Thursday, March 16, 2006

Block 37 - The Curse Lives!

Block 37 is a prime parcel of land in downtown Chicago between Marshall Field's (soon to be Macy's) and Daley Plaza with its Picasso statue. It is infamous for having all but one of its building (a Commonwealth Edison substation) bulldozed to dust in 1989 and then remaining resolutely empty ever since, passing through the hands of several developers, as well as architects including Helmut Jahn and Solomon Cordwell Buenz.

Last November, it looked like the corner had been turned when the Mills Corporation staged a lavish party for the groundbreaking for the latest iteration of the project, which includes an office building designed by Ralph Johnson of Perkins+Will, a large retail mall along State Street designed by Gensler Chicago, and a street level studio along Dearborn for WBBM-TV designed by Jim Prendergast of Goettsch Partners. Shortly after, Mills Corporation's finances began unraveling faster than a cheap sweater, with financial regularities unveiled, key executives sent packing overnight, its German partner bailing, and Mills, itself, rushing to sell off its stake in the project.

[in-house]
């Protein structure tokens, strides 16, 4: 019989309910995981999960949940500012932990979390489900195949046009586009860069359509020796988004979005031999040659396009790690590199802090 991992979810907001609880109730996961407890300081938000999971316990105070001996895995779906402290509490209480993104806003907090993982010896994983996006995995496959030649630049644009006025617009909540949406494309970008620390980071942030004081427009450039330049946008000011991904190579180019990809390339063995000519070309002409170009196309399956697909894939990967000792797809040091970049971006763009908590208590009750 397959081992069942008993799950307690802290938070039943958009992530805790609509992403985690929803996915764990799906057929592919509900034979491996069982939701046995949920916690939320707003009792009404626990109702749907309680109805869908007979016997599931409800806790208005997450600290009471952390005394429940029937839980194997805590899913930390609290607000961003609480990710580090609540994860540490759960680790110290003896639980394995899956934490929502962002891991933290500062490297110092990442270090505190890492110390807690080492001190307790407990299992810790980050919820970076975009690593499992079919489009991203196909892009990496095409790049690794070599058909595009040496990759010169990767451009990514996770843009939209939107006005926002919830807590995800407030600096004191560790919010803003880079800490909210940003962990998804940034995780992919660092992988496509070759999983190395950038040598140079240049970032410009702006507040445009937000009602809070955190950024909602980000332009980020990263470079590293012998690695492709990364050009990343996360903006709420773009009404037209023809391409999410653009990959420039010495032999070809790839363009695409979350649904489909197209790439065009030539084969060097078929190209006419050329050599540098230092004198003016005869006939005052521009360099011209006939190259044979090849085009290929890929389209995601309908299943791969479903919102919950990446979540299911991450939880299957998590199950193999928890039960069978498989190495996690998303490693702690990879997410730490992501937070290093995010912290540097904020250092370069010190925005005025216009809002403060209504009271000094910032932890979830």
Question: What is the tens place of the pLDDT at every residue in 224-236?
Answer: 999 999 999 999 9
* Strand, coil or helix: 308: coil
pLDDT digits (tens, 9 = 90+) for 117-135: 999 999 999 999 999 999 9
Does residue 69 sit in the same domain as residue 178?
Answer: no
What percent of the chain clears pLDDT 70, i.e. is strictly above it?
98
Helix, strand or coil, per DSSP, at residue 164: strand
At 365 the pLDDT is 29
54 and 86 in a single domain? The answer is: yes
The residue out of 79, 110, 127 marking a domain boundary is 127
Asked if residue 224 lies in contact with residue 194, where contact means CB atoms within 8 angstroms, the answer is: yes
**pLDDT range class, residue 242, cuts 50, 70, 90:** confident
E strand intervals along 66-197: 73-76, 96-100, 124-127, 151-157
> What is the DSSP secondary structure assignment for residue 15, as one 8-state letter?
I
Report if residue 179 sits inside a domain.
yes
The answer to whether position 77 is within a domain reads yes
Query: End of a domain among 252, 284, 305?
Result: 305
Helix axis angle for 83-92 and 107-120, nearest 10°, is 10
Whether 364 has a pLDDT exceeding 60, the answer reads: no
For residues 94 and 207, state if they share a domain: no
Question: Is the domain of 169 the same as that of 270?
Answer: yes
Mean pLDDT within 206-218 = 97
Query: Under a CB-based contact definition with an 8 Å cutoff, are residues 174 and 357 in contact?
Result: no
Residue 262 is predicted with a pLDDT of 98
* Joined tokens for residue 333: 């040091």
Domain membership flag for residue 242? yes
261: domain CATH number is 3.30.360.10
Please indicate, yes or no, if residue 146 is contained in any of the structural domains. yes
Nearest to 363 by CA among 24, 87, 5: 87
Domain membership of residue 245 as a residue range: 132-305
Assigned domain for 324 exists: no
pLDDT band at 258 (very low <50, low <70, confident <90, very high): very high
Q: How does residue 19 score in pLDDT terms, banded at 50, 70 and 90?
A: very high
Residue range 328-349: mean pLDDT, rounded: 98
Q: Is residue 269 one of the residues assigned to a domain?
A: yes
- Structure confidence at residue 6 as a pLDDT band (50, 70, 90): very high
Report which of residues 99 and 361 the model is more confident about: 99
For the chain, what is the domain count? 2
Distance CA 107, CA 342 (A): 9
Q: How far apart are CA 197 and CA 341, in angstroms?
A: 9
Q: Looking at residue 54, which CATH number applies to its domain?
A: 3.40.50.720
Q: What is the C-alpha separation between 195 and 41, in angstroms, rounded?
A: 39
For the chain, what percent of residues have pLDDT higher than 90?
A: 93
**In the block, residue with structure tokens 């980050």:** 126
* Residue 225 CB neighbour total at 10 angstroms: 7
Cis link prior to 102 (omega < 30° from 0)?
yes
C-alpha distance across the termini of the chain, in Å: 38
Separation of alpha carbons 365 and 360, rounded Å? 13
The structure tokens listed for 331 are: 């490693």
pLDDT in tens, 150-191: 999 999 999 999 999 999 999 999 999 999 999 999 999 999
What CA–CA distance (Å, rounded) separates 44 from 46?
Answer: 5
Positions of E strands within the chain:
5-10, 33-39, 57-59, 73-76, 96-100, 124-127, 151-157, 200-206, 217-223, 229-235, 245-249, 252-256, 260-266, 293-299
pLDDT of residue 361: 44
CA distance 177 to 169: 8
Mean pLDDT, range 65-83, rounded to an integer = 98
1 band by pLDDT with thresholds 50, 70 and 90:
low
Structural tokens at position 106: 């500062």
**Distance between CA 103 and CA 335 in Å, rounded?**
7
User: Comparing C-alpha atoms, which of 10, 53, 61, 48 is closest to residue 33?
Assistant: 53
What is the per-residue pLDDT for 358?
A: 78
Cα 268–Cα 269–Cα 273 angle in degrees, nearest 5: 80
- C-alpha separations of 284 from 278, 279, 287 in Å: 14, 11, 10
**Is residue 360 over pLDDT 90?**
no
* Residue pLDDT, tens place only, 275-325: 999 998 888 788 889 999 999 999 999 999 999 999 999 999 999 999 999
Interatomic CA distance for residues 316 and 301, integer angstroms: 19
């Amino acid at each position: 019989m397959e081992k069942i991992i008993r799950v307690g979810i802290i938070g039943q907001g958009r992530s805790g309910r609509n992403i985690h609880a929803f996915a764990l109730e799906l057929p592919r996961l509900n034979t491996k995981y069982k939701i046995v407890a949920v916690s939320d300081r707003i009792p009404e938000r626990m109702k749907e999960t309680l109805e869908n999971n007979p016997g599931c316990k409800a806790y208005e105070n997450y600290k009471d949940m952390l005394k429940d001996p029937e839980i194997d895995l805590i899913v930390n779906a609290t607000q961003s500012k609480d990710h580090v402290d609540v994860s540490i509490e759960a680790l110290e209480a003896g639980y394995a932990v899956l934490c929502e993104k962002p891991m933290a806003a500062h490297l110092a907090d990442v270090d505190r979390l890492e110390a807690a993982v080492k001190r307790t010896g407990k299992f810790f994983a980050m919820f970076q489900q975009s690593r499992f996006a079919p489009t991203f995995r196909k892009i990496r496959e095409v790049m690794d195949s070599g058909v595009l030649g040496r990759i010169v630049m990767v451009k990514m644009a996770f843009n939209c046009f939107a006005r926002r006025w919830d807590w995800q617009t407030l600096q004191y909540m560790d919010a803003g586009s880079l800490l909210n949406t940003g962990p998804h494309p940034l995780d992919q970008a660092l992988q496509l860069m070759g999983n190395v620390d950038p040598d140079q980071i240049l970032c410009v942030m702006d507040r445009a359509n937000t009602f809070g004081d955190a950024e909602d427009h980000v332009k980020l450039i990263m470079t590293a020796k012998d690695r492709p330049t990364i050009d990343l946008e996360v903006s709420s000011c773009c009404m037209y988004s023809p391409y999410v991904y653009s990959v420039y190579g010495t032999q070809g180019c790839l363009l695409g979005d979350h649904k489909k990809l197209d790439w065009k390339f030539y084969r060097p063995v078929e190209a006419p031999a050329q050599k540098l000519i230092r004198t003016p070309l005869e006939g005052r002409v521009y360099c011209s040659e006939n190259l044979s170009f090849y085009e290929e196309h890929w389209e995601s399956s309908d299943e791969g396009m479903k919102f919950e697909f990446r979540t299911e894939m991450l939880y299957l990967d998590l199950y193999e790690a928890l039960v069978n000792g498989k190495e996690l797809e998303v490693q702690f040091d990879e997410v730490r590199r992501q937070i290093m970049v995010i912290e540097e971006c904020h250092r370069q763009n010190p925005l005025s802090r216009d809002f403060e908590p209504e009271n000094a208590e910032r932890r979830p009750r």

Now, to add insult to injury, Crain's Chicago Business reports that project subcontractors have effectively shut down all work on the site as they attempt to force Mills to pay them in advance for their work. Also today, the Wall Street Journal has a story on an even more ambitious future project, a $500,000,000 shopping and entertainment megacomplex in New Jersey's Meadowlands, is now in jeopardy as Mills has hired investment bankers to shop itself around to potential buyers.

Last November's Block 37 groundbreaking included a performance by a magician and his quick-change artist partner. Maybe Mills should hire them back as consultants - their skills may be exactly Mills needs to get Block 37 back on track.

1 comment:

Elliot said...

Block 37 was clearly meant to be part of a larger Daley Plaza, and I am quite certain that the developers and/or the mayor (or both) knew that, which was why it was the ONLY lot in the loop with an 8 foot high sight-proof fence. Consider: for a time you there was a walking path, and also a skating rink: why would either need a sight proof fence, unless you didn't want people inside or out to see how well the space integrated with Daley Plaza next door?